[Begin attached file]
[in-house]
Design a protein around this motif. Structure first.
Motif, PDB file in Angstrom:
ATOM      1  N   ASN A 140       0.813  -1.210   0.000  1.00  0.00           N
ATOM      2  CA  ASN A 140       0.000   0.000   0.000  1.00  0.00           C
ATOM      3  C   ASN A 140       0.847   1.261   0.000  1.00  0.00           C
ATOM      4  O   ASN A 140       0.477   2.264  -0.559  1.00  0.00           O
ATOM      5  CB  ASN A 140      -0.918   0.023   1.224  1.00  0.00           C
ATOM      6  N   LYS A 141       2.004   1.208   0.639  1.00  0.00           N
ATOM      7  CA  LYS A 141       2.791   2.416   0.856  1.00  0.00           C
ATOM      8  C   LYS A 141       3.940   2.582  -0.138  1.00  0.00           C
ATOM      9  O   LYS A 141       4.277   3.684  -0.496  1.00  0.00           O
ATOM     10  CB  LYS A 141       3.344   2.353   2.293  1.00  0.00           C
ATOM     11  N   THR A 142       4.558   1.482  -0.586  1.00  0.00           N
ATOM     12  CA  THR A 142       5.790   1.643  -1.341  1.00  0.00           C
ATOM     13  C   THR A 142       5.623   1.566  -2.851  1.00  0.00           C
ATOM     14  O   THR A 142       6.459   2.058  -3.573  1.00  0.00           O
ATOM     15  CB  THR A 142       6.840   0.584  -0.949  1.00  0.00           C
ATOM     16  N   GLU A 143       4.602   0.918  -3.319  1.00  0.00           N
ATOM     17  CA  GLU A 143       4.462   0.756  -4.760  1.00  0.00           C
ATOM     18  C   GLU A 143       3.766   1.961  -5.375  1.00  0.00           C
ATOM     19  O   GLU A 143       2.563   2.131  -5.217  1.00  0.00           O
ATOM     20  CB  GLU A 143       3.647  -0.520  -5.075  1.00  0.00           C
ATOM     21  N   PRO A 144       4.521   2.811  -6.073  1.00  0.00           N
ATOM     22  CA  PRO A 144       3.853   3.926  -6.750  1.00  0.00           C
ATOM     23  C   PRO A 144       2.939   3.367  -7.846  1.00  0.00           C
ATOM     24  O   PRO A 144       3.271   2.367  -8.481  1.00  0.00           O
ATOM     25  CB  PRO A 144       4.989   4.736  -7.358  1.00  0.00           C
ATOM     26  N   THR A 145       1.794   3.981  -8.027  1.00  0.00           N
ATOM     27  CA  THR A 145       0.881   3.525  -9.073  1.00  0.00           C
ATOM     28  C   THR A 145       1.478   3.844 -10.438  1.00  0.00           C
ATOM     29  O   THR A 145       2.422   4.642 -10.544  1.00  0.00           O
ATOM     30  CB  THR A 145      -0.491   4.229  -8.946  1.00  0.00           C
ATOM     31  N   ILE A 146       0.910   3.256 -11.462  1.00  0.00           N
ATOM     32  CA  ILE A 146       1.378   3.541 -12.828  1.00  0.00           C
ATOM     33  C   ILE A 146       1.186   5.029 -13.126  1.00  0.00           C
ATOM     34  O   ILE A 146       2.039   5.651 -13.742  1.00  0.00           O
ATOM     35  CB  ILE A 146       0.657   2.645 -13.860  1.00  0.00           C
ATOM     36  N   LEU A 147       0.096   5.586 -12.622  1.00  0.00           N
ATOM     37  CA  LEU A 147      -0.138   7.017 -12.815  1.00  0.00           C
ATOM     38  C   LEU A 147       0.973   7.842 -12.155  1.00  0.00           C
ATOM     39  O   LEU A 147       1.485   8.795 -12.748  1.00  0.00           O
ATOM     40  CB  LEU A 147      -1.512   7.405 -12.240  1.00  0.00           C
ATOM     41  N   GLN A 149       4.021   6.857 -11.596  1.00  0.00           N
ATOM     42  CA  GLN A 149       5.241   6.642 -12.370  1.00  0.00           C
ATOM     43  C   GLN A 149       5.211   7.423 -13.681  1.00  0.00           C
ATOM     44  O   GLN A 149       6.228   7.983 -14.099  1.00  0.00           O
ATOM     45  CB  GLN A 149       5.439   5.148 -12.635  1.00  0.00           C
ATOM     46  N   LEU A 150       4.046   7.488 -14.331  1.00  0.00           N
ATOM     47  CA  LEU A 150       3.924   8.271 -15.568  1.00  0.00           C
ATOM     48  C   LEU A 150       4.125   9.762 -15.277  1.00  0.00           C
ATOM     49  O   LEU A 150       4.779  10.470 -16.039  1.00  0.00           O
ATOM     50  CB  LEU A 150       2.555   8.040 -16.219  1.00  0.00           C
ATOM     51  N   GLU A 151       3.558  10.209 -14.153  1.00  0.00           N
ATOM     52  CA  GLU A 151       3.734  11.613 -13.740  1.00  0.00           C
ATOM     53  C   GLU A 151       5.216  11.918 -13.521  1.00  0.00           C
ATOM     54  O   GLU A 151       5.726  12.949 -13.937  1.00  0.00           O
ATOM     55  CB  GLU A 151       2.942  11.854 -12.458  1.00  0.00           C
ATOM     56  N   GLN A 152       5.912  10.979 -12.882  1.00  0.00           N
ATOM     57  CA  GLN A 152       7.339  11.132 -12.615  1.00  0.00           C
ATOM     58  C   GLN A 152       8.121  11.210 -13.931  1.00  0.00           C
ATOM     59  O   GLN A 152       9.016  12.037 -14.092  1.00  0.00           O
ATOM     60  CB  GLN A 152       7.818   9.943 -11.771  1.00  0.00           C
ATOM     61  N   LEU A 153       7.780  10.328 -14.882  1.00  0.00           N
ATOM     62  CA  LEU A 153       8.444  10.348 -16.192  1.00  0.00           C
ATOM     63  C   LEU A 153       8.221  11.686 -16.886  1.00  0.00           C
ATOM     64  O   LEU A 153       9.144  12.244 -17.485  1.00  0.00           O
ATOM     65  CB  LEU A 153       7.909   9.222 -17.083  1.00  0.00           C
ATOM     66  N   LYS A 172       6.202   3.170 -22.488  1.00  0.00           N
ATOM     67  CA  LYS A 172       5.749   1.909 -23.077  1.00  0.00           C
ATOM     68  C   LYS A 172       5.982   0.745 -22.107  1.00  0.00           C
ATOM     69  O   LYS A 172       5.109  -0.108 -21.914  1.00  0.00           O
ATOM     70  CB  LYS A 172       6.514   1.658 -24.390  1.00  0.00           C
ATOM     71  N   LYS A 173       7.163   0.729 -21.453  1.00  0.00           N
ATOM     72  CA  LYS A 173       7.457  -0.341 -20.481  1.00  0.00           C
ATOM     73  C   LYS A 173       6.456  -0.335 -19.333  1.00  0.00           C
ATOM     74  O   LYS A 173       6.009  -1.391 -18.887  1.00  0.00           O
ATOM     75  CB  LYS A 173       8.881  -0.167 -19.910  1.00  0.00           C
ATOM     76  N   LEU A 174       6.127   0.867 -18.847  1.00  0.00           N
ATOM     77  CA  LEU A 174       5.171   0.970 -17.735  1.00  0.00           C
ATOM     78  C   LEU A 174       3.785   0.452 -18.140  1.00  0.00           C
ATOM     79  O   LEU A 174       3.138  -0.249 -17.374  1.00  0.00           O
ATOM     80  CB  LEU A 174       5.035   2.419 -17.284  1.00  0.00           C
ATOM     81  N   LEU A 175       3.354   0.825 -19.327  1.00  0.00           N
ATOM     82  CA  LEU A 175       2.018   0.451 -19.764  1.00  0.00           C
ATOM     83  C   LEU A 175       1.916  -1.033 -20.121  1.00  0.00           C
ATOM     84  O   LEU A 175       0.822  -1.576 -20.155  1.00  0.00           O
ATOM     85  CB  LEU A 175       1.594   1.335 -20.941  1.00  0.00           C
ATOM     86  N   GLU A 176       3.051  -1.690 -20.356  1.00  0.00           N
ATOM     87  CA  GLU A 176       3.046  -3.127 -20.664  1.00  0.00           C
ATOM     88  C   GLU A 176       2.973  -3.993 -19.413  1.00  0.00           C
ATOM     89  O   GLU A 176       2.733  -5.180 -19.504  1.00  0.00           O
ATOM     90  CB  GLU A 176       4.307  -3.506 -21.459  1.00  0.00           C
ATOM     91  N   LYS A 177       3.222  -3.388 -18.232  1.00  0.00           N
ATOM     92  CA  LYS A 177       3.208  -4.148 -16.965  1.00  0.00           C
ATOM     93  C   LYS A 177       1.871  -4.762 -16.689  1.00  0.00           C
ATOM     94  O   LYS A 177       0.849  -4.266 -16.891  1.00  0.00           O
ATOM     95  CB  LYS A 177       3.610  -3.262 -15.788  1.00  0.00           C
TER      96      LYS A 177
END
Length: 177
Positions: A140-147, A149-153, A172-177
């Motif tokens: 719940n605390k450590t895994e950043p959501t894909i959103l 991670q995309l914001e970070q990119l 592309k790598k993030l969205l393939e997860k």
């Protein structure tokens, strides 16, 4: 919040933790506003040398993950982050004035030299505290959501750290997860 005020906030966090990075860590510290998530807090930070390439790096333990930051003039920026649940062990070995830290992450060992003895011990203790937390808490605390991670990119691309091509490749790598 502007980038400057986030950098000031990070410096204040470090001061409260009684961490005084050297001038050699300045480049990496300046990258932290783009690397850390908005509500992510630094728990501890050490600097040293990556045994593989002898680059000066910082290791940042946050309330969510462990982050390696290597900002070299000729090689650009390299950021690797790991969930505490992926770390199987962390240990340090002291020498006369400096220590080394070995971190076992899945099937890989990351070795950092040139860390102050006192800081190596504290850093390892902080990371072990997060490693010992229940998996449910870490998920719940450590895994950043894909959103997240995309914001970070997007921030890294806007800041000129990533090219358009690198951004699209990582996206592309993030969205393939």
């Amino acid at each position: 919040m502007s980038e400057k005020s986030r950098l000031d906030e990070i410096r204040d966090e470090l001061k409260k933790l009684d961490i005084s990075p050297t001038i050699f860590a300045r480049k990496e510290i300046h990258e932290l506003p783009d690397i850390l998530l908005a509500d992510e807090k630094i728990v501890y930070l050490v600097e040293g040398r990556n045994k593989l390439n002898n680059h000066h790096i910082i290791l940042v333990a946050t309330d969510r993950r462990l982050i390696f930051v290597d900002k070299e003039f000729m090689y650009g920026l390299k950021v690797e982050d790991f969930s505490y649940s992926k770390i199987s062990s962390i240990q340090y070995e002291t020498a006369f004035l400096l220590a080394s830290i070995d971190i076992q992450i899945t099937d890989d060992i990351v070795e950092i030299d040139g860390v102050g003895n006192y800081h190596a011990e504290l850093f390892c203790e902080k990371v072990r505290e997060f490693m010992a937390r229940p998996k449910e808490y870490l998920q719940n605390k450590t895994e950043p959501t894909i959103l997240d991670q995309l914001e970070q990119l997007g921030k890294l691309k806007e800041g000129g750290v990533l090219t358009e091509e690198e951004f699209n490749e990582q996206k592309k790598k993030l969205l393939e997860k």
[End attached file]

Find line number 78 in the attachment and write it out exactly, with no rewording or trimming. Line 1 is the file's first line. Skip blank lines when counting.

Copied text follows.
ATOM     75  CB  LYS A 173       8.881  -0.167 -19.910  1.00  0.00           C